April 24, 2024

Gay Marriage Poison Pill: Equality or Abolition

Michael Lindenberger of Time says that civil unions are the way to break out of the quagmire that gay marriage activists find themselves in, giving voice to the lies that the word marriage means nothing and that a church wedding after the fact would have all the same meaning for couples.

give gay and straight couples alike the same license, a certificate confirming them as a family, and call it a civil union — anything, really, other than marriage. For people who feel the word marriage is important, the next stop after the courthouse could be the church, where they could bless their union with all the religious ceremony they wanted. Religions would lose nothing of their role in sanctioning the kinds of unions that they find in keeping with their tenets.

Lindenberger jokes that the biggest problem with such a reorganization of legal coupling would be knowing how to decide on the proper Hallmark card for the occasion.  That’s hardly the case.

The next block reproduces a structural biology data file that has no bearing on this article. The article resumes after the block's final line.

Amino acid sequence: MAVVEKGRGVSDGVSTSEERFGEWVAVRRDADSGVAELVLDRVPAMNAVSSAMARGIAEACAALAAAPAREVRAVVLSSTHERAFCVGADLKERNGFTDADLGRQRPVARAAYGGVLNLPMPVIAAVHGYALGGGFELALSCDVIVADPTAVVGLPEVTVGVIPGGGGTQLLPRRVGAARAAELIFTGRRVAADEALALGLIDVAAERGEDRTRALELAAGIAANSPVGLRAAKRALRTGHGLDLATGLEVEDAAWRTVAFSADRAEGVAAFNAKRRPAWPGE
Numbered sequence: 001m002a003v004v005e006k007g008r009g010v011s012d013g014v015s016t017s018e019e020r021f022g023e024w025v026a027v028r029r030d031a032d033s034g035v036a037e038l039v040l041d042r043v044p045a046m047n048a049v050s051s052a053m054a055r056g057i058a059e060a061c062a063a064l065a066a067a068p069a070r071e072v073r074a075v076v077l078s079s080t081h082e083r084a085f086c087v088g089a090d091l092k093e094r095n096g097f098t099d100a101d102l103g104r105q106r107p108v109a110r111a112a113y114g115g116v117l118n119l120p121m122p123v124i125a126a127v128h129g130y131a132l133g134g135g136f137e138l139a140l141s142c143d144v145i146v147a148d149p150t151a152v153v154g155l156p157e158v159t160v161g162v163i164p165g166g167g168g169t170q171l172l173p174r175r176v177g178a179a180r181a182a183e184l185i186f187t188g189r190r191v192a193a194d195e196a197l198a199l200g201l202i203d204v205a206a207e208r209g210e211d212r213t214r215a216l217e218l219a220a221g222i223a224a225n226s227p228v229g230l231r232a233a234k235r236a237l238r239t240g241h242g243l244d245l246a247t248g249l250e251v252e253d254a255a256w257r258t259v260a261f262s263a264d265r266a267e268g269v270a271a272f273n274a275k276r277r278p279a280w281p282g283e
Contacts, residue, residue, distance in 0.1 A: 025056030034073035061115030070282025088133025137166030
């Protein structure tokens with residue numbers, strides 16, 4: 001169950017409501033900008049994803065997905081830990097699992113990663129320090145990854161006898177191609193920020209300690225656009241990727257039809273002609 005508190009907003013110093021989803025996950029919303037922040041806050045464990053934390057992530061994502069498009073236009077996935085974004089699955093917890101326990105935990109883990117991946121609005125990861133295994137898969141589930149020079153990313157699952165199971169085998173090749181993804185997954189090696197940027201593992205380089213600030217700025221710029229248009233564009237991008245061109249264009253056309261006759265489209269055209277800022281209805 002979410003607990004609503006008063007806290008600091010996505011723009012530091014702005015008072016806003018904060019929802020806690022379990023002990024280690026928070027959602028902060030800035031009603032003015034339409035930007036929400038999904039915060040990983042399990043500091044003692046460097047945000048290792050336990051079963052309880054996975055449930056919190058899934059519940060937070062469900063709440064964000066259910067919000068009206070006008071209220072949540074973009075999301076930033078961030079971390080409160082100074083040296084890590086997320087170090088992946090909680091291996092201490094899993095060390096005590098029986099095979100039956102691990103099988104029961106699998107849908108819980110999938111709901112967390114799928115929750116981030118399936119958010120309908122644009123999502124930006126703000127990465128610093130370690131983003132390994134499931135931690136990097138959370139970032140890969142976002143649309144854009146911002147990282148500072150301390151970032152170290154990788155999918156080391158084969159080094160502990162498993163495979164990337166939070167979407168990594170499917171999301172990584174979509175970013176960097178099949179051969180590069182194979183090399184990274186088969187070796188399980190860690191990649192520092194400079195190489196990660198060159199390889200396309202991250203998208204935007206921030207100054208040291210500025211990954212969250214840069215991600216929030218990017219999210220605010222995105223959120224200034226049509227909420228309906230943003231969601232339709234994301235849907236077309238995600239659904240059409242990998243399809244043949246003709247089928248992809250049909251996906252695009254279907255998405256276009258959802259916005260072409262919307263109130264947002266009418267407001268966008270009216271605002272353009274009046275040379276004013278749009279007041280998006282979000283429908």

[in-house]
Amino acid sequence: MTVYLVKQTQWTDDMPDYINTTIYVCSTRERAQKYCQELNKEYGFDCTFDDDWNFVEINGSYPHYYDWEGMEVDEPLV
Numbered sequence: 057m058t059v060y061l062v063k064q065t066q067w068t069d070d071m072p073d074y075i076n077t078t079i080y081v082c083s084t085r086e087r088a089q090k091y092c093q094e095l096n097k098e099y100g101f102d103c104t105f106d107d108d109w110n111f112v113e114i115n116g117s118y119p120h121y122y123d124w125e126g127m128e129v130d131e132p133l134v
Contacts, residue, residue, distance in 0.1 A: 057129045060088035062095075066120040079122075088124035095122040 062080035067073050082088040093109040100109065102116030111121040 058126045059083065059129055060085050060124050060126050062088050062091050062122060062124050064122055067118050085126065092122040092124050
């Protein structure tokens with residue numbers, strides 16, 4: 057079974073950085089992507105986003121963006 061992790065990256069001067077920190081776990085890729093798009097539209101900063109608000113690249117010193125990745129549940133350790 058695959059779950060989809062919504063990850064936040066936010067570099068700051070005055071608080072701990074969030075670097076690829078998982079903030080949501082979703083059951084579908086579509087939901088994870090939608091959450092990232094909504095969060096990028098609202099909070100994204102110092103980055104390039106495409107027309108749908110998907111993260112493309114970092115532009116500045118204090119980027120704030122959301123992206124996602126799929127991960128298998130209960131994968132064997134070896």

The real matter at hand is the poison pill that is the last resort of the gay marriage activists and the hidden threat at the center of their equal protection argument:  If homosexual couples can’t have traditional marriage then no one can.

If implemented, Lindenberger’s legalistic compromise would satisfy no one, least of all gay rights activists who want nothing more than to force society to change its definition of marriage to include homosexual couples.  “I didn’t come to the courthouse to be civil unioned,” one such activist cried on NPR last year, which demonstrates part of the problem with California’s search for the middle ground.

The other part is, of course, the entire span of of recorded human history in which marriage has been a covenant entered into by men and women.  Heterosexual marriage is the building block on which America is based.  Tampering with that definition is not only akin to swimming upstream, culturally speaking, but biologically as well, the facts of life being what they are.